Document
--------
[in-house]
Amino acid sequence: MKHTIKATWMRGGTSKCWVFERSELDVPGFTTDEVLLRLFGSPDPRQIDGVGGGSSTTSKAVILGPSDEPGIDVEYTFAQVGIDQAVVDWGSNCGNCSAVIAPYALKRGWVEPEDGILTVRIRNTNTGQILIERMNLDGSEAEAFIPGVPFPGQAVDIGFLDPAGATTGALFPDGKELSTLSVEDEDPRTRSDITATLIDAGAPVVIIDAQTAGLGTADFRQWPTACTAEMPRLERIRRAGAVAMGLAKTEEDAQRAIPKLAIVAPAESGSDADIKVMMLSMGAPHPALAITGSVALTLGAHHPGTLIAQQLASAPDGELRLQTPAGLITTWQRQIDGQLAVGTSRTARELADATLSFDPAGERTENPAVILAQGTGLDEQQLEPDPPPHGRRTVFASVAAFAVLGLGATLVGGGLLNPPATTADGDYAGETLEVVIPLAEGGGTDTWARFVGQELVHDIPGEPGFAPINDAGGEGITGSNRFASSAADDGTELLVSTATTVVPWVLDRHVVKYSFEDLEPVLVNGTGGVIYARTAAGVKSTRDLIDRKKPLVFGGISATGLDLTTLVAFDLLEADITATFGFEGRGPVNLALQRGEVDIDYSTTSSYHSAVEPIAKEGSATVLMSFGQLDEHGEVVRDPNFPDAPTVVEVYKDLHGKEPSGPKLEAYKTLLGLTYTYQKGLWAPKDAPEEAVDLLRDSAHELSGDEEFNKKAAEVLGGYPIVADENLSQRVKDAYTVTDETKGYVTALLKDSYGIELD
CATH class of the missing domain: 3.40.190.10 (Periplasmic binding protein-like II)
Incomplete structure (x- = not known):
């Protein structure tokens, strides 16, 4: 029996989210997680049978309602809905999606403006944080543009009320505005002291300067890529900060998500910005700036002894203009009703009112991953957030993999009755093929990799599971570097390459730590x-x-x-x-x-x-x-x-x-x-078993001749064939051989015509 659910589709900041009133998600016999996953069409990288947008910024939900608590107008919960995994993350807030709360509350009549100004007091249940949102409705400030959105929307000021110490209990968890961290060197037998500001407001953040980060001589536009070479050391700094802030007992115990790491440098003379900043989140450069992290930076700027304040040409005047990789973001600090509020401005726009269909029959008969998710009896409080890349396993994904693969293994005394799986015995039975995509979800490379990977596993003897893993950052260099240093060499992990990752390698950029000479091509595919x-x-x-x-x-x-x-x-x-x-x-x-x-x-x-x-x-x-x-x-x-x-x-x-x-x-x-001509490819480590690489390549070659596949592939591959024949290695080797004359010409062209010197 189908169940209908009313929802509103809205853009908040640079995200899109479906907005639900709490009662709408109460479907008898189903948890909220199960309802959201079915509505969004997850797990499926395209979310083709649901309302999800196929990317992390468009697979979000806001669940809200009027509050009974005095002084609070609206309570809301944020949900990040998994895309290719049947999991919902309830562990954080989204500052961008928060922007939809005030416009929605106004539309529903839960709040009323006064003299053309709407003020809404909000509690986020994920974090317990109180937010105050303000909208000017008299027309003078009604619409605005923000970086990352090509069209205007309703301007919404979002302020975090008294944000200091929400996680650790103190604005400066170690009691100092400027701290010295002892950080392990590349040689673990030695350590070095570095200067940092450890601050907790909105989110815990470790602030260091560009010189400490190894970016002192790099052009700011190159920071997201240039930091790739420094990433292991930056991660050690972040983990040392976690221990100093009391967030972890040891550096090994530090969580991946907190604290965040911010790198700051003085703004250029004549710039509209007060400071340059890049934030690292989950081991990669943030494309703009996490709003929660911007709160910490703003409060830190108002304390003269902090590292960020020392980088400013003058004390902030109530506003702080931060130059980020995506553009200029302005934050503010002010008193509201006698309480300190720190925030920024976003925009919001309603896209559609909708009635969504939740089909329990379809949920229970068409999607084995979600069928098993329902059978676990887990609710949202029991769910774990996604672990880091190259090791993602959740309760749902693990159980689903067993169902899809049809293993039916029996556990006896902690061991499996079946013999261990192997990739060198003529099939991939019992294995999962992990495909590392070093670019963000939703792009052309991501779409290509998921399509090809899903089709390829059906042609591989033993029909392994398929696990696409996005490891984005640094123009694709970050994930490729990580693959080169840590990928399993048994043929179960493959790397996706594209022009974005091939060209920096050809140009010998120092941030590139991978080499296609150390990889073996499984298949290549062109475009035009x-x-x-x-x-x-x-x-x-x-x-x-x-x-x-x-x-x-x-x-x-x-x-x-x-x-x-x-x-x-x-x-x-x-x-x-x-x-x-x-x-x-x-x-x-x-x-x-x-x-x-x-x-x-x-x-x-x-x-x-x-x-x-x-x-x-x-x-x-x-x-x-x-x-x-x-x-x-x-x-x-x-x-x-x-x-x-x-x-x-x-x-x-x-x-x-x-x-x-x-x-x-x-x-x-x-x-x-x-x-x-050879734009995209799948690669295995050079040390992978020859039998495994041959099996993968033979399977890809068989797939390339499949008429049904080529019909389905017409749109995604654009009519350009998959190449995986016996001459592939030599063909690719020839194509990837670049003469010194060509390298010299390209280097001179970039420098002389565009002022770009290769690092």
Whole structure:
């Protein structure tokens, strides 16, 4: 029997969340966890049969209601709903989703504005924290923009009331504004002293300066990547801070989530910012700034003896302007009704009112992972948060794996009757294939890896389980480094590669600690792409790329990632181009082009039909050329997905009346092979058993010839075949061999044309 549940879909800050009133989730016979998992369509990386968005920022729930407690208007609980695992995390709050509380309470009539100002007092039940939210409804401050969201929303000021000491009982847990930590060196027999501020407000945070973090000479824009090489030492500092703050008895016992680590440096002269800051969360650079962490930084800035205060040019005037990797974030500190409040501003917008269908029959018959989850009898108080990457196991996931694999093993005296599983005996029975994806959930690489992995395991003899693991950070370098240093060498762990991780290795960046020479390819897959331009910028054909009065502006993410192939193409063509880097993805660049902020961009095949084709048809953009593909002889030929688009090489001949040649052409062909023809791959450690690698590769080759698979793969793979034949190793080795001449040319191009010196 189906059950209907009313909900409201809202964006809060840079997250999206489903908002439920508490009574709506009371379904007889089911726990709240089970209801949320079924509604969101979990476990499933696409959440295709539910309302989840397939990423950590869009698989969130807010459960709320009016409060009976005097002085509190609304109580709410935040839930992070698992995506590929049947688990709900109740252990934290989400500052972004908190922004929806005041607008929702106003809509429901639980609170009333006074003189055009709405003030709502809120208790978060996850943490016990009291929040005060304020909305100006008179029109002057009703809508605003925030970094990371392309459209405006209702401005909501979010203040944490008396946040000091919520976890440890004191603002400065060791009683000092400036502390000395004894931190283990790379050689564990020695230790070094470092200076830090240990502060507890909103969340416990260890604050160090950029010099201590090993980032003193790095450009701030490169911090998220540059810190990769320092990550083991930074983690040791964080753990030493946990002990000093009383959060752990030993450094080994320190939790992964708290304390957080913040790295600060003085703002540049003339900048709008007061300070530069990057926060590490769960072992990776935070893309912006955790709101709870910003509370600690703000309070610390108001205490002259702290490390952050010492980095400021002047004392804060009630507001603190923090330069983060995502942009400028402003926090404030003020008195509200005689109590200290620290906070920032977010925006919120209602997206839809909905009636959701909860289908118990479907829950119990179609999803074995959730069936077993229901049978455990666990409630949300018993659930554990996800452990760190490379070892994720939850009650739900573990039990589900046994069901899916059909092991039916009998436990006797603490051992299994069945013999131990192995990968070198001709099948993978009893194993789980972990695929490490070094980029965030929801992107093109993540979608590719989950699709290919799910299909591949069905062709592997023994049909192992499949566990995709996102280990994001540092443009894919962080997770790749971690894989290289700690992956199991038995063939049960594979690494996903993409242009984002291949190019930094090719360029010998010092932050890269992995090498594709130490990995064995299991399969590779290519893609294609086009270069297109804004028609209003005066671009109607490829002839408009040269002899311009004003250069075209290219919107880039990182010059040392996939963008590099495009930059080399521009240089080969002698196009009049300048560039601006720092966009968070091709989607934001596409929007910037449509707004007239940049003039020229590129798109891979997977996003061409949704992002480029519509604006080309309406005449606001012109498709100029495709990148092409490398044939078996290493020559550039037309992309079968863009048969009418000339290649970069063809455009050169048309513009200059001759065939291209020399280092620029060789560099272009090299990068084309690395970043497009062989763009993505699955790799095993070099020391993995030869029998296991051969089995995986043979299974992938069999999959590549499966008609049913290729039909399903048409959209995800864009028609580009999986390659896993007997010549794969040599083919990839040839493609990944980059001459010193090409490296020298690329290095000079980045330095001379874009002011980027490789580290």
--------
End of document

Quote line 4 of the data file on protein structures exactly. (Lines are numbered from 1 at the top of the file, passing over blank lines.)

Incomplete structure (x- = not known):